Sunday, March 13, 2005

12:Time to consult the salmon

Mr. Phillips is not at work today. I don't want to tell you why he's not at work, but you'll find out soon enough.

Instead, he's walking around London meeting different people, calculating the odds against various things happening (Mr. Phillips is an accountant) and thinking about sex. A lot. There is a lot of talk about sex in this book, and talk about closeness without there really being any closeness.

Some reviewers think of this as a slight book, mistaking Mr. Phillips' lack of a rich internal life as a shortcoming of the book, but I can't believe that. I don't know London well, but I was there with him every step of the way. I am not a fiftyish accountant, but I felt like I was looking out of his eyes. A writer this good has not omitted an internal life because he doesn't know what to say, he's left it out because there isn't one. Instead there are calculations and memories of bland conversations, fear of letting other people down, worry about one's family, a whole host of tiny things that go to build up a picture of a complete, if not very exciting, man.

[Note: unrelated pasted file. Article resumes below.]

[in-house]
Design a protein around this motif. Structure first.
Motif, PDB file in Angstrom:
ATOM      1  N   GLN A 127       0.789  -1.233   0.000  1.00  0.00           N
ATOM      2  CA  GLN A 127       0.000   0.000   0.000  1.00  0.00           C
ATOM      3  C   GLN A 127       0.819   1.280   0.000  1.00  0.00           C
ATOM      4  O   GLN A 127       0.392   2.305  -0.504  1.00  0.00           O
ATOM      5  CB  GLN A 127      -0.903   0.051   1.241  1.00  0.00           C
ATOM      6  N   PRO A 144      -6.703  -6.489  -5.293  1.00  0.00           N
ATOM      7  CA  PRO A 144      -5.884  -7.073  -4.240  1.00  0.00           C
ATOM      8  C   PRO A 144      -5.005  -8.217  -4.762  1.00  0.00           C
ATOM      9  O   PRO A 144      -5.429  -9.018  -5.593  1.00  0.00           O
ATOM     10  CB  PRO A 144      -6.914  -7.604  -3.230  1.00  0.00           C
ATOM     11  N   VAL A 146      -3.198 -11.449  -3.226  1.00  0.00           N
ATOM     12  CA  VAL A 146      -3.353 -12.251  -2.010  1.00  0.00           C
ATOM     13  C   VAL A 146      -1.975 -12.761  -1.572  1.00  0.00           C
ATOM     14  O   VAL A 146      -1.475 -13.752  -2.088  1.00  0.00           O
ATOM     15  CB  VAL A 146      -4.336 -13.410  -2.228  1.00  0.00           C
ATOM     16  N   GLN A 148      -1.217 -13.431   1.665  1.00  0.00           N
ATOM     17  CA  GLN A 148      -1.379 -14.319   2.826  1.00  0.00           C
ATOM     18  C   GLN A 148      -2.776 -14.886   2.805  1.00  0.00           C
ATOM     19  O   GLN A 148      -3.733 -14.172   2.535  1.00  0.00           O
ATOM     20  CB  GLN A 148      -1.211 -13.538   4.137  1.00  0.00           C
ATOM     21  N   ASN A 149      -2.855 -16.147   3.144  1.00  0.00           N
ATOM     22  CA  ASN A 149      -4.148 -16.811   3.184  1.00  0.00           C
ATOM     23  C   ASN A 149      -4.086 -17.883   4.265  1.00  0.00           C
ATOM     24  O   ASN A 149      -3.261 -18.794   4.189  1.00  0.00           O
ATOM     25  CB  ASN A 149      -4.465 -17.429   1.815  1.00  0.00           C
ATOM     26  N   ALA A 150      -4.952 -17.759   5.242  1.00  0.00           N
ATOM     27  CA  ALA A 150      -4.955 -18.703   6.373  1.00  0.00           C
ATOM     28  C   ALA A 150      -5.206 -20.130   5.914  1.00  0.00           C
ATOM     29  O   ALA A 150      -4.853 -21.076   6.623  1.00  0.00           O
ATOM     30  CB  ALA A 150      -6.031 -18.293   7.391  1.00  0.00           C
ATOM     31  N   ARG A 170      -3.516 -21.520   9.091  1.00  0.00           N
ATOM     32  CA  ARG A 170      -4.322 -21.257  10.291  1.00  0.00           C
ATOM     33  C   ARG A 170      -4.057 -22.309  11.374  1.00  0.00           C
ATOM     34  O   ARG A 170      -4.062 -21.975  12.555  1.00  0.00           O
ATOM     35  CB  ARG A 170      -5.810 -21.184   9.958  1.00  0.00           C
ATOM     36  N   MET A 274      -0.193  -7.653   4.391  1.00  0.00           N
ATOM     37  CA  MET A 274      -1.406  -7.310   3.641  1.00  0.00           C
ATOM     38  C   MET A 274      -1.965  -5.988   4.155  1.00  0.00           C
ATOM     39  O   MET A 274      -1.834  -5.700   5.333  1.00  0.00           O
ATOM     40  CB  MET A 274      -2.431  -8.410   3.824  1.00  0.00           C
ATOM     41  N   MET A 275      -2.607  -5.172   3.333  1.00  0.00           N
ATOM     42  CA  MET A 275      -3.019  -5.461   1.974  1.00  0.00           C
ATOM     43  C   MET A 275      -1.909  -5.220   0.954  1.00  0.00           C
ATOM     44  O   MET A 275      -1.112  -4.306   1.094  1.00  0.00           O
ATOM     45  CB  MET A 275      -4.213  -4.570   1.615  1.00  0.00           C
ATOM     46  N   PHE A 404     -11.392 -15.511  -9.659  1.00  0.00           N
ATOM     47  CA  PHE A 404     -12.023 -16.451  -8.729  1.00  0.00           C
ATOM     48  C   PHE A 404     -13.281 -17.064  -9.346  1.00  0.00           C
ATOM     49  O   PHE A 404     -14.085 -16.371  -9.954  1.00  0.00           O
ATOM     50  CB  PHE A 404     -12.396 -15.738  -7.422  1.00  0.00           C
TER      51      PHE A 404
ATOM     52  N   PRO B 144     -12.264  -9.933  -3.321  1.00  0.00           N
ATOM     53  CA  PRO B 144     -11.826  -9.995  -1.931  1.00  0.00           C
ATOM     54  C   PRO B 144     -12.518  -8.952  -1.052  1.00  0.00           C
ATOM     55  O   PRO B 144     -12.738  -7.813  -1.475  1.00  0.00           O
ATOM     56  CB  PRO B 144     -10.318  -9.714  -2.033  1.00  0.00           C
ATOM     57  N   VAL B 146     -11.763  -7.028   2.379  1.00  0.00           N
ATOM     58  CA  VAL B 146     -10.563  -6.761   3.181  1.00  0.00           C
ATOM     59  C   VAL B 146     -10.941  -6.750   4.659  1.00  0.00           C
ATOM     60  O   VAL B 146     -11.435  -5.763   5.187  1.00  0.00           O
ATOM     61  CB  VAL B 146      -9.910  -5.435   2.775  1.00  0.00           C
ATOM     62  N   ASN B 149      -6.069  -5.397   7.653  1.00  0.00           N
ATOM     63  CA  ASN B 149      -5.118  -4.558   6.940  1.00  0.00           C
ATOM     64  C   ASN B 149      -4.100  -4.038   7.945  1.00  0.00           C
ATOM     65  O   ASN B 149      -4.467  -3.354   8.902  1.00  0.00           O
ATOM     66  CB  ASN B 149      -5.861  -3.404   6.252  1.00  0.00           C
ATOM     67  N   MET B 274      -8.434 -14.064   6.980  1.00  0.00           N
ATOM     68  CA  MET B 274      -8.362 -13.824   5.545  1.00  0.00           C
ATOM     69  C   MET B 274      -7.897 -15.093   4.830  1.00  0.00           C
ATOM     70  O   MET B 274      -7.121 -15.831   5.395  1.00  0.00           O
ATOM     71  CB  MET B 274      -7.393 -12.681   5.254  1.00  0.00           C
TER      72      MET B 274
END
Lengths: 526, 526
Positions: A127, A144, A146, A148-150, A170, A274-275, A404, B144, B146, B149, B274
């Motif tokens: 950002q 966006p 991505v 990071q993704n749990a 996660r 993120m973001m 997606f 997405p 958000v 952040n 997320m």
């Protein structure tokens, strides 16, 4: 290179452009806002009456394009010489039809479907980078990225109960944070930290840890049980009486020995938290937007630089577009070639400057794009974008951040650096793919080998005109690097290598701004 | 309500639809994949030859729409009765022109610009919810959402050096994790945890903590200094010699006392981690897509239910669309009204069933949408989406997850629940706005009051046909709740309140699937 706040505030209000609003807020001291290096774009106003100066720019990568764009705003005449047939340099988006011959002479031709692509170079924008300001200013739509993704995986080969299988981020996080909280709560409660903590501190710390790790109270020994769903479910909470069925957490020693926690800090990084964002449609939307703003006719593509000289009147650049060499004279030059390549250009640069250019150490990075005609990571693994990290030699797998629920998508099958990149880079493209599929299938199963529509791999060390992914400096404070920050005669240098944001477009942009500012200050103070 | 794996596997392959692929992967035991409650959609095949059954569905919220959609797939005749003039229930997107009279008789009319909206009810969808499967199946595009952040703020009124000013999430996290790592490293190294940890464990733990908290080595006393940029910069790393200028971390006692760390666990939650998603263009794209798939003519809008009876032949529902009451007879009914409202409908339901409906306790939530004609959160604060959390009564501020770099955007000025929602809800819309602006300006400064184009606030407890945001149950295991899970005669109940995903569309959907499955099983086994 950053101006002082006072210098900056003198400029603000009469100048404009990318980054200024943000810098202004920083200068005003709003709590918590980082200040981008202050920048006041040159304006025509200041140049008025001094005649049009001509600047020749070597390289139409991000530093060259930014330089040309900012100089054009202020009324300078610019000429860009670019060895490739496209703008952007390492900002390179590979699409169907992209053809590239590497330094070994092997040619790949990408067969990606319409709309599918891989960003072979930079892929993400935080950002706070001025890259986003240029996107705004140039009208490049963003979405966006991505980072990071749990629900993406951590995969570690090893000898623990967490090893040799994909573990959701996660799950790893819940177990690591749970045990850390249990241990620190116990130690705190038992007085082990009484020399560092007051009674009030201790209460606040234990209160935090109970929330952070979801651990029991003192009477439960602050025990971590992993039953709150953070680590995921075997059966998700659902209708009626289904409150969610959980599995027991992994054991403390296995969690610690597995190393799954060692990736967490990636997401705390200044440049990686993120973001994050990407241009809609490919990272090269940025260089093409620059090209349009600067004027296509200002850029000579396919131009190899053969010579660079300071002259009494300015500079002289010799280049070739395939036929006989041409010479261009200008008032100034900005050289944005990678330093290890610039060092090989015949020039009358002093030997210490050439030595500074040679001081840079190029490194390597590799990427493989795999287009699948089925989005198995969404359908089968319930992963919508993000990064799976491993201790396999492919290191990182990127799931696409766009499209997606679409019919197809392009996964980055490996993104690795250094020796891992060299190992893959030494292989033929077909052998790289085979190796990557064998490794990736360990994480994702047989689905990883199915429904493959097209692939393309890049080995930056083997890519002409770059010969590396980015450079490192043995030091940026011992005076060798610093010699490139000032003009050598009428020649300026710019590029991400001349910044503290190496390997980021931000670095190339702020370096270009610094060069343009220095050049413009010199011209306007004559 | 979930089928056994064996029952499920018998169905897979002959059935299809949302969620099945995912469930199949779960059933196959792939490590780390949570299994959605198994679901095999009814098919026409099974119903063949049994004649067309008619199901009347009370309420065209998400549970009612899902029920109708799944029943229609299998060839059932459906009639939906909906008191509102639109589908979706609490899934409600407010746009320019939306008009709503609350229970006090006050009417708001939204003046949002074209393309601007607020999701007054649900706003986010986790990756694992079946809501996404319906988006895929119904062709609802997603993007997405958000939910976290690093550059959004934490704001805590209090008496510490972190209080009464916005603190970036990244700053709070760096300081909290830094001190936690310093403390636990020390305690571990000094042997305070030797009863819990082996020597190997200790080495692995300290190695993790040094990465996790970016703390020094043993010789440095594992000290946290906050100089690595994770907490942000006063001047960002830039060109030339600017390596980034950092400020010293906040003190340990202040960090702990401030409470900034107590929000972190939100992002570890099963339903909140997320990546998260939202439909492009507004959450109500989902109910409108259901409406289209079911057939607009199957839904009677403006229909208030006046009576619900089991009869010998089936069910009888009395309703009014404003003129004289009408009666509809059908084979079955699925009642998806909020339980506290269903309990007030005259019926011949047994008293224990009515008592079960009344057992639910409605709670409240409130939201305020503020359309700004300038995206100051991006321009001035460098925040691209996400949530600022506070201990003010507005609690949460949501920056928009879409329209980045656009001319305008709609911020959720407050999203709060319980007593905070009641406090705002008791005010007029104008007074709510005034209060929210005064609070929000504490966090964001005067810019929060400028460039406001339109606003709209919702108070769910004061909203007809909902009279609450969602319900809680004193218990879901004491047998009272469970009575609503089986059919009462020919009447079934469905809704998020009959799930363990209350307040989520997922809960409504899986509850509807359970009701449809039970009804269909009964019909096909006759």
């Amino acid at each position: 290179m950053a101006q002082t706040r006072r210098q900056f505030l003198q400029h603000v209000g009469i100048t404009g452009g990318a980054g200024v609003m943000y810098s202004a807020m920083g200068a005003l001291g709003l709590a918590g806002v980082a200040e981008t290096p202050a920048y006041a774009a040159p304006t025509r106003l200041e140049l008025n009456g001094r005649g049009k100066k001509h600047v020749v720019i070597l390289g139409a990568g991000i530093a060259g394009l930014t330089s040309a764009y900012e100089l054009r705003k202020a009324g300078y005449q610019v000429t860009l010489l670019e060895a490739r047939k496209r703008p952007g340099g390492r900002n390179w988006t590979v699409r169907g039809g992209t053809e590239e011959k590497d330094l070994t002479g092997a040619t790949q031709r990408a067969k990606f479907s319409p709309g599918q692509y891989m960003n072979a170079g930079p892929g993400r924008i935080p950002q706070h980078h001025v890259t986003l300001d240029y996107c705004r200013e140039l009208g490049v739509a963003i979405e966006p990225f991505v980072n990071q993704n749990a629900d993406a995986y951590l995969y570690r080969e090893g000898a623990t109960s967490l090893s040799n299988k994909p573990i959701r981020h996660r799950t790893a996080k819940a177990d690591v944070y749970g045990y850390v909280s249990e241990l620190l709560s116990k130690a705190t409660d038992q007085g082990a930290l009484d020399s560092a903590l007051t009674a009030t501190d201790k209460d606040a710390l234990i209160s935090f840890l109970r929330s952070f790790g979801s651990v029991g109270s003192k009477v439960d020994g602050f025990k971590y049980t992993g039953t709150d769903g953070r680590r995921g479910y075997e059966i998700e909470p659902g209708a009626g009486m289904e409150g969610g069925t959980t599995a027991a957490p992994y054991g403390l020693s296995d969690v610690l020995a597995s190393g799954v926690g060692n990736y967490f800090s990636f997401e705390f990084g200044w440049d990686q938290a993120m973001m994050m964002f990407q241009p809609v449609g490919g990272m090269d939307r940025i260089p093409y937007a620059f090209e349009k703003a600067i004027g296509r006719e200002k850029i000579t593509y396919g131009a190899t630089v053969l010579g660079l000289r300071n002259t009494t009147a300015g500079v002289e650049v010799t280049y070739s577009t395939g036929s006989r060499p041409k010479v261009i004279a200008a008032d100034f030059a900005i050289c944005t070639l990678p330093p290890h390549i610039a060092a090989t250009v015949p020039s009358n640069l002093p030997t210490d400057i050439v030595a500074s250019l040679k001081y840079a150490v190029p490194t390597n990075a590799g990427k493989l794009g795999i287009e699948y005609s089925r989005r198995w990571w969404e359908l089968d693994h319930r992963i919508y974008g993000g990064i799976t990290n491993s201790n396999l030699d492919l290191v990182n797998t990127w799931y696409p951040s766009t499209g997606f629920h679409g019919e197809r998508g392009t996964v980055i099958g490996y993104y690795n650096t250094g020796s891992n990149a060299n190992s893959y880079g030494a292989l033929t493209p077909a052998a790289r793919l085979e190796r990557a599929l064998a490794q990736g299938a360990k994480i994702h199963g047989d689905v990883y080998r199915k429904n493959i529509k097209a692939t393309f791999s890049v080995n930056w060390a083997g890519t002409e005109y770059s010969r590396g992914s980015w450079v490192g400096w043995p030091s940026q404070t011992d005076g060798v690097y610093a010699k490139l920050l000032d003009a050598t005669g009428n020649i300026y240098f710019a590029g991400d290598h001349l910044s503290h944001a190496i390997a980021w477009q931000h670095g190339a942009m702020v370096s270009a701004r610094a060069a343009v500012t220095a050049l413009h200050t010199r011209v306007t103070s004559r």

I really enjoyed this book. It's very, very funny. It's a quick read but there's a lot to digest afterwards. Impressive.

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